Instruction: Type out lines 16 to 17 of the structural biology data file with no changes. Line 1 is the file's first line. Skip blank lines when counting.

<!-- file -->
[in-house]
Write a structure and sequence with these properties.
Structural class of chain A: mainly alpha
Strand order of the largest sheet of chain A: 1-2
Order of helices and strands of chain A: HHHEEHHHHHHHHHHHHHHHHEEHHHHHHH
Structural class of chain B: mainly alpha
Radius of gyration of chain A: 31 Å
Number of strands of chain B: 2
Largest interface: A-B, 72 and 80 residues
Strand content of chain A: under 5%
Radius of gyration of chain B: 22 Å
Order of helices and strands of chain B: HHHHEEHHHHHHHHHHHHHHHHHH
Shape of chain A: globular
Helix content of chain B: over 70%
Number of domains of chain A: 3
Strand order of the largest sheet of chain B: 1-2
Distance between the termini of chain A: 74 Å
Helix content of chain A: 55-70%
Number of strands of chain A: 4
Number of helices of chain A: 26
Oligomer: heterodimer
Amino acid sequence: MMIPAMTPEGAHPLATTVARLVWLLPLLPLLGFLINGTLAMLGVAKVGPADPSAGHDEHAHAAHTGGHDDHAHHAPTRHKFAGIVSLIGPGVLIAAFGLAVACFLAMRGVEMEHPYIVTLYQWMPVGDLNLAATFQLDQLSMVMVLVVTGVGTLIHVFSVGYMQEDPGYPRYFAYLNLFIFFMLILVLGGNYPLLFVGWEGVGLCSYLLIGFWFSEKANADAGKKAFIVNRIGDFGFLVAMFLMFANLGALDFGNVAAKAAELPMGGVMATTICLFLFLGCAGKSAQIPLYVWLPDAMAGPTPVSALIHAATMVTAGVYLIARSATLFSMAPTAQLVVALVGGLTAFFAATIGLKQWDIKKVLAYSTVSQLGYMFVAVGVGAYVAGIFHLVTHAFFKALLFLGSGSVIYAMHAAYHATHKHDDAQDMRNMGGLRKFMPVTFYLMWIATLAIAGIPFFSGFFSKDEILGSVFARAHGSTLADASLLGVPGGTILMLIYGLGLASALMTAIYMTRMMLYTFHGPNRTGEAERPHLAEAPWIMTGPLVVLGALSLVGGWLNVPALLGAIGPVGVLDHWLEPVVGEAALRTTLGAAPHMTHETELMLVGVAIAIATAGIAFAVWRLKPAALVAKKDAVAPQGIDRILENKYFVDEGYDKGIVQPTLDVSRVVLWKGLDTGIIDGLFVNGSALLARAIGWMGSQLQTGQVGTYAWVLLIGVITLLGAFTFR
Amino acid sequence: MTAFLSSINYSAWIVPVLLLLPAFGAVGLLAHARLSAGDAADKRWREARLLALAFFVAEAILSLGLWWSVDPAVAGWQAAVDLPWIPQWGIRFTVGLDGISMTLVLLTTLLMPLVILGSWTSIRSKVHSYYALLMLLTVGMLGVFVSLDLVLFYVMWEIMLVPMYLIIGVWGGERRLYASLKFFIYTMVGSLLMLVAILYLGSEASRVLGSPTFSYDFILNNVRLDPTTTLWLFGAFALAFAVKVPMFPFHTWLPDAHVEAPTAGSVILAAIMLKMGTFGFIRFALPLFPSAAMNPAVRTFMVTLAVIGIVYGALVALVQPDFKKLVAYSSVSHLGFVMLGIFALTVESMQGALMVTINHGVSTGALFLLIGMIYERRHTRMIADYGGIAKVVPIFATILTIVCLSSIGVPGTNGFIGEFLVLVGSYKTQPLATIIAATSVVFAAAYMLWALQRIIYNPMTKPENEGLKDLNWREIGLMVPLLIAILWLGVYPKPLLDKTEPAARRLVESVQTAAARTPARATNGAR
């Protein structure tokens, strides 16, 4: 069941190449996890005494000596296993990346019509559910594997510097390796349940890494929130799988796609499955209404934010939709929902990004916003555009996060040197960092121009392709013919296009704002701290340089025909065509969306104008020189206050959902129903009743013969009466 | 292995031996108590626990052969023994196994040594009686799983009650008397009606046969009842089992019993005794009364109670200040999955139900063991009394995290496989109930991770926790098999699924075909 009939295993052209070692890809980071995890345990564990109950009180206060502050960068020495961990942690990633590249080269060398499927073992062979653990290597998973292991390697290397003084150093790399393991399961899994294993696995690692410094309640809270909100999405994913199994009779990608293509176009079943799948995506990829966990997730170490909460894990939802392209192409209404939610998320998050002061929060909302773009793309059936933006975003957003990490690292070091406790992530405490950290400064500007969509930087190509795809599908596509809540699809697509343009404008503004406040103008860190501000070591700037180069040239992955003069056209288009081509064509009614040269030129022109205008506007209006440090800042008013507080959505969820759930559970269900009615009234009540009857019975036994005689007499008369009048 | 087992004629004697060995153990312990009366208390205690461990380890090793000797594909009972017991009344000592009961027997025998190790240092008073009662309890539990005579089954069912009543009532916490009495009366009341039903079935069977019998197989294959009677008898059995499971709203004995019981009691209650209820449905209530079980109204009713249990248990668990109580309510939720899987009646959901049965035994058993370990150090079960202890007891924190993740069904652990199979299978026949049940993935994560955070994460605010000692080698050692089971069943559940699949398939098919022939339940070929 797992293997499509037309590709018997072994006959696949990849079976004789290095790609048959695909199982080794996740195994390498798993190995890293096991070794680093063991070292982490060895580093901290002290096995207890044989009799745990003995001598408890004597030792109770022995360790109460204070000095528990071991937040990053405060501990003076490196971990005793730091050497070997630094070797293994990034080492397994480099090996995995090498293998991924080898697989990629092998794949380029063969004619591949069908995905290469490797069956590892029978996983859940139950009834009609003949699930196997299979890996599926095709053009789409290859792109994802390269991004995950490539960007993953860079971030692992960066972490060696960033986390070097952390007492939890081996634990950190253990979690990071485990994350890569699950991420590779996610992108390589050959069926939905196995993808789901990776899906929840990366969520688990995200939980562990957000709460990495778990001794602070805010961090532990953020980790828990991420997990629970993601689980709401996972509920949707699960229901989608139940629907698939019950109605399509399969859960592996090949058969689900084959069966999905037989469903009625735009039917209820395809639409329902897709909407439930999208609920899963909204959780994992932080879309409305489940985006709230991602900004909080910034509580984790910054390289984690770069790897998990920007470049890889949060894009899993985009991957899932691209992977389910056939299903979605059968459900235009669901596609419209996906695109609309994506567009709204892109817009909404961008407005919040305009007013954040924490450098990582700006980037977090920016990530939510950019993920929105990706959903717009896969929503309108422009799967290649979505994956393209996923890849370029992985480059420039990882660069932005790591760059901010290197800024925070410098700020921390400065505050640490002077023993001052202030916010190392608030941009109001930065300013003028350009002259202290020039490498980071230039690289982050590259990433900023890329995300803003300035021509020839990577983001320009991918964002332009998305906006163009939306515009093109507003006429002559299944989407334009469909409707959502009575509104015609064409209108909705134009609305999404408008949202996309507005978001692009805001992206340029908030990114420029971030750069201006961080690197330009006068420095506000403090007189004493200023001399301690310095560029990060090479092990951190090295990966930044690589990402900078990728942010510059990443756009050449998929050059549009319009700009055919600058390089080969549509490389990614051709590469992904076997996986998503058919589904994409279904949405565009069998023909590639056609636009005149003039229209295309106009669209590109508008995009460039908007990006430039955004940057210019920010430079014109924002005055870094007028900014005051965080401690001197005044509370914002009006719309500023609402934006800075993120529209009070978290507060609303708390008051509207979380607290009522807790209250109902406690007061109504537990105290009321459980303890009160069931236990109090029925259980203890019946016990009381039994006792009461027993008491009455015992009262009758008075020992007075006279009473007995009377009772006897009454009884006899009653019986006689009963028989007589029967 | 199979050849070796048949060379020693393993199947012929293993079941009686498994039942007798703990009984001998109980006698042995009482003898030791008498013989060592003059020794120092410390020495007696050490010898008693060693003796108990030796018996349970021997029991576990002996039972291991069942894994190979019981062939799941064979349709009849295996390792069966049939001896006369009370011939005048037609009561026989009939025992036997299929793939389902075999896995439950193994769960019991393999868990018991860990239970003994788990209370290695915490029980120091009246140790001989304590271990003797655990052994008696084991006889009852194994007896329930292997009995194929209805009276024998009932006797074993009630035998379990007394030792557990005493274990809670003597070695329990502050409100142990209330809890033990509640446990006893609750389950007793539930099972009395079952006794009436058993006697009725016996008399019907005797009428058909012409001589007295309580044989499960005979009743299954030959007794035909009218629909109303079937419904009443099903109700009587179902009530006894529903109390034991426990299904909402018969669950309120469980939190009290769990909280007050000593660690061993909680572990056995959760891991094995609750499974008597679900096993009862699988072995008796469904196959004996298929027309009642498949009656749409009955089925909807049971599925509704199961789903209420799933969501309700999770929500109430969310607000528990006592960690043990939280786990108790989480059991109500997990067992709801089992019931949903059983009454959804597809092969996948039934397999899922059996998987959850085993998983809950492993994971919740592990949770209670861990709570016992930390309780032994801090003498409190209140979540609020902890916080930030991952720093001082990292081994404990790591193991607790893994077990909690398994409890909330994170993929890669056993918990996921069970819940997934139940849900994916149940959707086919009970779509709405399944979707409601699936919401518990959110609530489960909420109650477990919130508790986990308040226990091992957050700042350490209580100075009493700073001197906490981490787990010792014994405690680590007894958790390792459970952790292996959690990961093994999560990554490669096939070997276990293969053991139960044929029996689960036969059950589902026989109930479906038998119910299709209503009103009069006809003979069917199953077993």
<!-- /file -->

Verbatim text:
Strand order of the largest sheet of chain B: 1-2
Distance between the termini of chain A: 74 Å